Nominee for US Ambassador to Sudan John Godfrey said that resuming paused development assistance to the African country is predicated on a credible civilian-led democratic transition.
His remarks were made on Tuesday during a Senate Foreign Relations Committee hearing session to ratify his appointment.
Godfrey said the United States “remains poised to use all tools at its disposal to support the Sudanese people in their pursuit of a democratic, human rights-respecting, and prosperous Sudan.”
In response to a question by Democratic Senator Chris Coons, who introduced a draft resolution imposing sanctions on any military officials found responsible for obstructing Sudan’s democratic transition, Godfrey did not rule out the possibility of imposing such sanctions.
“Sanctions are an important tool to drive changes and behavior,” Godfrey stressed.
“Prior to making any recommendation on potential sanctions, I would want to understand their likely impact on the military leaders’ behavior, the practical impact on their access to financing, the impact on the economy and how it would relate to our overall diplomatic strategy, including the current UNITAMS-AU-IGAD facilitated process,” he explained.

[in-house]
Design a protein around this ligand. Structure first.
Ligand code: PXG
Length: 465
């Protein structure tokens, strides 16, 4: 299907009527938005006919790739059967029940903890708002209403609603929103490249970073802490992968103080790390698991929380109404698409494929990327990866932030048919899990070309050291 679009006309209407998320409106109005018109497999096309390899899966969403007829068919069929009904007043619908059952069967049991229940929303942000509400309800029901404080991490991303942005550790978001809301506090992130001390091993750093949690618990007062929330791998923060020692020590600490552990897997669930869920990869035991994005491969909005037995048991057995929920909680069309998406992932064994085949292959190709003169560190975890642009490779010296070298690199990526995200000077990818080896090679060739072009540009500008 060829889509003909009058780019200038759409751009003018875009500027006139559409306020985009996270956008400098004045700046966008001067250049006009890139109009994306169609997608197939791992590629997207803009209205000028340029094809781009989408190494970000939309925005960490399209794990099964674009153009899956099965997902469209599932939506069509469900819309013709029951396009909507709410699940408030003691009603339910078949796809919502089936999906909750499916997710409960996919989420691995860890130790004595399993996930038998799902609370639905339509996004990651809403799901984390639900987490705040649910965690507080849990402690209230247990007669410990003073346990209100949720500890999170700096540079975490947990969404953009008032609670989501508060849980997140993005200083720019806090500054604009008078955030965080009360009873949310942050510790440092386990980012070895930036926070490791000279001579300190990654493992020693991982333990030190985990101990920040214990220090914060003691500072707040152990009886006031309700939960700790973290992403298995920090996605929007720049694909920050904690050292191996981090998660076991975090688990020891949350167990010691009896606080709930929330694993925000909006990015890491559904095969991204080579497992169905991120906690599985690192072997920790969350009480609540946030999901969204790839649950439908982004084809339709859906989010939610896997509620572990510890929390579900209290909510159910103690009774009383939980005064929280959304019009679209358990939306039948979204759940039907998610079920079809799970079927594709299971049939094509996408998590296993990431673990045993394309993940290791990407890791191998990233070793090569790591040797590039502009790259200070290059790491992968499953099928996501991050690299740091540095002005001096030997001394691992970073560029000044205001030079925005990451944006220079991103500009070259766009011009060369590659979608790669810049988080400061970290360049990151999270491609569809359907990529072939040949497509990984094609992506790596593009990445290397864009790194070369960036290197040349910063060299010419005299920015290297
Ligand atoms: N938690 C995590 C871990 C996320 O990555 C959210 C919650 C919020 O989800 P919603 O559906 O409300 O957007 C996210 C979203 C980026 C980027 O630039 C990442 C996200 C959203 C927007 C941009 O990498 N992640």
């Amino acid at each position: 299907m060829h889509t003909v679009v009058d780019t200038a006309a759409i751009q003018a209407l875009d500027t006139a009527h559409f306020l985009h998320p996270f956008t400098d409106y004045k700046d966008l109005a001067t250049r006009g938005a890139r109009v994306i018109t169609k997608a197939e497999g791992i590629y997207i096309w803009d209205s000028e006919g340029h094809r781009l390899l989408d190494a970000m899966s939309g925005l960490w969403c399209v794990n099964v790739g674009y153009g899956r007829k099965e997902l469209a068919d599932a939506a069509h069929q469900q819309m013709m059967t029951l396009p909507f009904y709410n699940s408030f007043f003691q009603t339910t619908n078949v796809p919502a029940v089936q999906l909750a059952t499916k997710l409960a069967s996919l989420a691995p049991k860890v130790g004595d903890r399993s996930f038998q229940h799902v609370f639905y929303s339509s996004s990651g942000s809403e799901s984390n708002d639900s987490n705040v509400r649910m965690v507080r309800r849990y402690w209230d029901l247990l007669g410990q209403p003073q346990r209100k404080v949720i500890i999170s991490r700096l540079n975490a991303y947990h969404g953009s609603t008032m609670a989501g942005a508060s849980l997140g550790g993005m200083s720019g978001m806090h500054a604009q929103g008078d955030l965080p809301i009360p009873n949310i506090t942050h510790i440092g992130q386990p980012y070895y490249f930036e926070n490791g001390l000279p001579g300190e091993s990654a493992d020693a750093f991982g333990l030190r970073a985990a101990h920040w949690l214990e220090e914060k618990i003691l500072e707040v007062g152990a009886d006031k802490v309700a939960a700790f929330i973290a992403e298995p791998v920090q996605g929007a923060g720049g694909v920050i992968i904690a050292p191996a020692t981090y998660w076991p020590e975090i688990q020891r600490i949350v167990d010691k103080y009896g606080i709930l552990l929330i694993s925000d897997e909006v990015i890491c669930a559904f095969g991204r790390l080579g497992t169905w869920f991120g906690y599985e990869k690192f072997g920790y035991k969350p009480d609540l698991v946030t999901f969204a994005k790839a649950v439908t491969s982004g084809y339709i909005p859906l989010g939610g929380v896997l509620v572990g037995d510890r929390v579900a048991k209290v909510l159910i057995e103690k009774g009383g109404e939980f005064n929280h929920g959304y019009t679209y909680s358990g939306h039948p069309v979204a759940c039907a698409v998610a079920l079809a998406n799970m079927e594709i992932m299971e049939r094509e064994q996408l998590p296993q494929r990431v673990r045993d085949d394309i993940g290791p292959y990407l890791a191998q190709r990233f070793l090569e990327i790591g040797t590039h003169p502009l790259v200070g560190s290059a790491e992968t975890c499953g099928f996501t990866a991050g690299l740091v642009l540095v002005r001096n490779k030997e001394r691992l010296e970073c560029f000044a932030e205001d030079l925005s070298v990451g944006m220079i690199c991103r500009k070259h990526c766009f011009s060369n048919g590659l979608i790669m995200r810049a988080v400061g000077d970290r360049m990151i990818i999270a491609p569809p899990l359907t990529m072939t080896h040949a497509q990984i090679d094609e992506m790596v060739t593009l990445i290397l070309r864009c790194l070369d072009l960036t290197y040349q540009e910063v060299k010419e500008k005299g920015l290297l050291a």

Godfrey referred to the Departments of State, Treasury, Commerce, and Labor’s recently released business advisory on Sudan, as well as the concurrent resolution 20 calling for targeted sanctions on the military coup, which the Congress adopted earlier this month.
He said they show the unified view across branches of US government that it needs to be applying pressure and sustaining the pressure on the military government to facilitate things that lead to the restoration of the civilian-led transitional government.
If he is confirmed, Godfrey said he will certainly work with partners to sustain that pressure.
“I think what we’ve done in coordinating the pauses and debt relief credit and some development assistance are really important in that regard and need to be sustained.”
He also considered sanctioning of the Central Reserve Police and looking at potential other actions is something that the US needs to stay focused on top move forward.